Iceland's prime minister on Monday faced calls to resign after leaked "Panama Papers" tax documents showed he and his wife used an offshore firm to allegedly hide million-dollar investments.
"I have not considered quitting because of this matter nor am I going to quit because of this matter," Prime Minister Sigmundur David Gunnlaugsson told Icelandic television Channel 2.
Financial records published by the International Consortium of Investigative Journalists showed that Gunnlaugsson, 41, and his wife Anna Sigurlaug Palsdottir bought the offshore company Wintris Inc. in the British Virgin Islands in December 2007.
The company was intended to manage Palsdottir's inheritance from her businessman father, the amount of which has not been disclosed.
Gunnlaugsson transferred his 50-percent stake to his wife at the end of 2009, for the symbolic sum of one dollar.
But when he was elected a member of parliament for the first time in April 2009 as a member of the centre-right Progressive Party, he neglected to mention the stake in his declaration of shareholdings.
Gunnlaugsson has insisted he never hid any money abroad, and says his wife paid all her taxes on the company in Iceland.
He has denounced the release of the documents leaked from a Panama-based law firm, calling it a witch hunt against him and his wife.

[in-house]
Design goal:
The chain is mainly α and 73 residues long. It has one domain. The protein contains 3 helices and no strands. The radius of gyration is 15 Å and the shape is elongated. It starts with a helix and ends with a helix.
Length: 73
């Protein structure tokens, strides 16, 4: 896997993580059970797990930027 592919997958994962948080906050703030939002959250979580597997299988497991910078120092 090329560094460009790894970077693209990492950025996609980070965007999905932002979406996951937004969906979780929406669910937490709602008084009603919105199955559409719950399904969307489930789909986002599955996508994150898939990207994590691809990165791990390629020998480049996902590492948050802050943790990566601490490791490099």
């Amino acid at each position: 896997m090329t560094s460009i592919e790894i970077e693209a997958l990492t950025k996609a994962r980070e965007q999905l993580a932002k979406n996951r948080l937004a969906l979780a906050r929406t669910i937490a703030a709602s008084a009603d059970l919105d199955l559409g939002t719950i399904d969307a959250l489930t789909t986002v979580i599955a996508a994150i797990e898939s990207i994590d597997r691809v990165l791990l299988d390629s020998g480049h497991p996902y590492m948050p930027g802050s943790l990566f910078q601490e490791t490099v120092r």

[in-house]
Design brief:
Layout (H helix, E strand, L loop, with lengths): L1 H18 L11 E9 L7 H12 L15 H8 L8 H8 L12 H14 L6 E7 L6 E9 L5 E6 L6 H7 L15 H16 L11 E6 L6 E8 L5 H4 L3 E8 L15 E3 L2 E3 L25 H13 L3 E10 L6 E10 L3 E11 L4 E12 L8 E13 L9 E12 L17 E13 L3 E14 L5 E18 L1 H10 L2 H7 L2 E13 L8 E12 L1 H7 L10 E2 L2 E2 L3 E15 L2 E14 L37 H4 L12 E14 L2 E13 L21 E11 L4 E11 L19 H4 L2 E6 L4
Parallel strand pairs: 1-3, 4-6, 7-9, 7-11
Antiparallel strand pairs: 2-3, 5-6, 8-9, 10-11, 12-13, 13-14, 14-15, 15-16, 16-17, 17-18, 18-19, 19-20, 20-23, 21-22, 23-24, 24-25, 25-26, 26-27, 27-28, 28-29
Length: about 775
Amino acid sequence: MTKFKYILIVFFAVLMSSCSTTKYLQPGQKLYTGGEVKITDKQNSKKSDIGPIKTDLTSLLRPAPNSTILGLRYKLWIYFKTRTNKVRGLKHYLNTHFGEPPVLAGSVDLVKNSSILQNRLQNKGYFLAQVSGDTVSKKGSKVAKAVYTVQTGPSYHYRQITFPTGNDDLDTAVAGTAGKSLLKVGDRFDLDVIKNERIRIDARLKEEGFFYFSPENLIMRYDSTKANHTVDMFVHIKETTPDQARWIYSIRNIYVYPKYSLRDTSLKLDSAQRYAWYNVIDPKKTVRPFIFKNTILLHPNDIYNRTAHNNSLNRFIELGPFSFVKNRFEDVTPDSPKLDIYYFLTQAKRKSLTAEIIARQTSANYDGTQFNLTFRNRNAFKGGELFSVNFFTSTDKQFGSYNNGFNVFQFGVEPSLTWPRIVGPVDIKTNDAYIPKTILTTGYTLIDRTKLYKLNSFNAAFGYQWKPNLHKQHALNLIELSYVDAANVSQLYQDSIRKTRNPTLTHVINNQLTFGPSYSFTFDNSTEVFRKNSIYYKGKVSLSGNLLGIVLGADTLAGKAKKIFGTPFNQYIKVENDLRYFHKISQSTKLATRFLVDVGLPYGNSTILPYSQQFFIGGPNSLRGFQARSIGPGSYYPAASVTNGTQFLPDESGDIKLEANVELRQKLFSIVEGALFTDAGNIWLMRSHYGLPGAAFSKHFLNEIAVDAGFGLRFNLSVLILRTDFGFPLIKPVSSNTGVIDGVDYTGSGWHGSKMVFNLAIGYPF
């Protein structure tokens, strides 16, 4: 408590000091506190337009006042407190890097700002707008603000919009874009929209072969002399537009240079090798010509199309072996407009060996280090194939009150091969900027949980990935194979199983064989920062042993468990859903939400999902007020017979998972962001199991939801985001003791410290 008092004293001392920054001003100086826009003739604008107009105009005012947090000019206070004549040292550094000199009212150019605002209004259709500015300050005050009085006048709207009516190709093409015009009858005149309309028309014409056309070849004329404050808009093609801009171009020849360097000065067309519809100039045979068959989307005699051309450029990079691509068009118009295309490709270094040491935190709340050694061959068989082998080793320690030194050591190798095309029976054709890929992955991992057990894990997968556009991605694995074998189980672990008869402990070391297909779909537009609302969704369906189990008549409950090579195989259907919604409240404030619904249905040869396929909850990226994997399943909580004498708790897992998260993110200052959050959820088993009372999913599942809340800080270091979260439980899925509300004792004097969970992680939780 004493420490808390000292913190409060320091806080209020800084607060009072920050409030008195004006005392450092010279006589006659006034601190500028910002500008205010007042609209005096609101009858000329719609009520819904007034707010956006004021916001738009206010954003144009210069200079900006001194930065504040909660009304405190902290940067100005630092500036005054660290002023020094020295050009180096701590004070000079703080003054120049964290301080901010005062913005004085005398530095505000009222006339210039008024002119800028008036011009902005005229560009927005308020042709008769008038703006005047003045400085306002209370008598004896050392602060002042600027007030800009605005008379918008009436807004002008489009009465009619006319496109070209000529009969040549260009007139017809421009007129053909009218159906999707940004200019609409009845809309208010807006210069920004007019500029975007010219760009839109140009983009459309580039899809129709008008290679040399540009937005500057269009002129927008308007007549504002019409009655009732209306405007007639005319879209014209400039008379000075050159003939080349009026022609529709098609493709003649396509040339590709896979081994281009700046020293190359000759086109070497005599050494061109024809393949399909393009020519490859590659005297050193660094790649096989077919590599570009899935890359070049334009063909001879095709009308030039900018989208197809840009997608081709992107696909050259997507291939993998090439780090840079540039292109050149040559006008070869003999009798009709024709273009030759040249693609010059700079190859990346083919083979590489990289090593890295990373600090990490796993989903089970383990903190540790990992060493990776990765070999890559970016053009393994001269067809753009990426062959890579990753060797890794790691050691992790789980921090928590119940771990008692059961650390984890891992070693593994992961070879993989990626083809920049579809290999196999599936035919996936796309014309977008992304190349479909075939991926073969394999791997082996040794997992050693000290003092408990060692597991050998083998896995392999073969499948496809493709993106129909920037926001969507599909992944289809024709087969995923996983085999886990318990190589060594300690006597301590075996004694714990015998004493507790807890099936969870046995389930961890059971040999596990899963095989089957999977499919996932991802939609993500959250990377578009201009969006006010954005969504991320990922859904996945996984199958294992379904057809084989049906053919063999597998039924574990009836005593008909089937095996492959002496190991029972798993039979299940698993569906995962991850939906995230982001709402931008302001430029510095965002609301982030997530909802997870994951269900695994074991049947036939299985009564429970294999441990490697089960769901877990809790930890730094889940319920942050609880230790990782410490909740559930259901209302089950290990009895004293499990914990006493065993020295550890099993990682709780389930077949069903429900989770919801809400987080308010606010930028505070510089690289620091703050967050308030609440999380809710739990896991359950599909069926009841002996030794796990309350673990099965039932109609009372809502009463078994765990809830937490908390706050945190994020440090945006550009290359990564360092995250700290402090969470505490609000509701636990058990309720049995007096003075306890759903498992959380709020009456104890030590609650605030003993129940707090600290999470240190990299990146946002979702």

"She (Palsdottir) has been adamant about paying taxes on it (Wintris) to Icelandic society rather than saving money by paying taxes abroad.
"She has neither utilised tax havens nor can you say that her company is an offshore company," Gunnlaugsson said on his website on Monday.
- Calls for resignation -
It was unclear whether Gunnlaugsson was guilty of tax evasion but his opponents have insisted he step down regardless.
"The prime minister should immediately resign," former Social Democratic prime minister Johanna Sigurdardottir said in a message posted on Facebook.
More than 25,000 Icelanders have signed a petition demanding his resignation.
The opposition has said it will propose a vote of no confidence in parliament, likely to be held this week.
Gunnlaugsson, who promised full transparency when he became premier in 2013, has been in the hot seat since his wife acknowledged the existence of her offshore company in mid-March, before the "Panama Papers" leaks.
In an interview with Swedish public broadcaster SVT recorded last month, excepts of which were aired in Iceland on Sunday, Gunnlaugsson became visibly upset after being repeatedly asked about his wife's company, eventually storming out of the room.
"It's like you are accusing me of something," he declared.
A spokesperson for the prime minister told SVT that the couple had fully respected Icelandic law and declared all income and property since 2008.
Despite media requests, his tax records have not yet been publicly released.
A demonstration calling for Gunnlaugsson's resignation was to be held Monday evening in Reykjavik.
"People should not have a prime minister they are ashamed of... The prime minister displayed his lack of faith in the Icelandic currency and economy by placing his money in a tax haven," said Sigurdardottir, the former prime minister.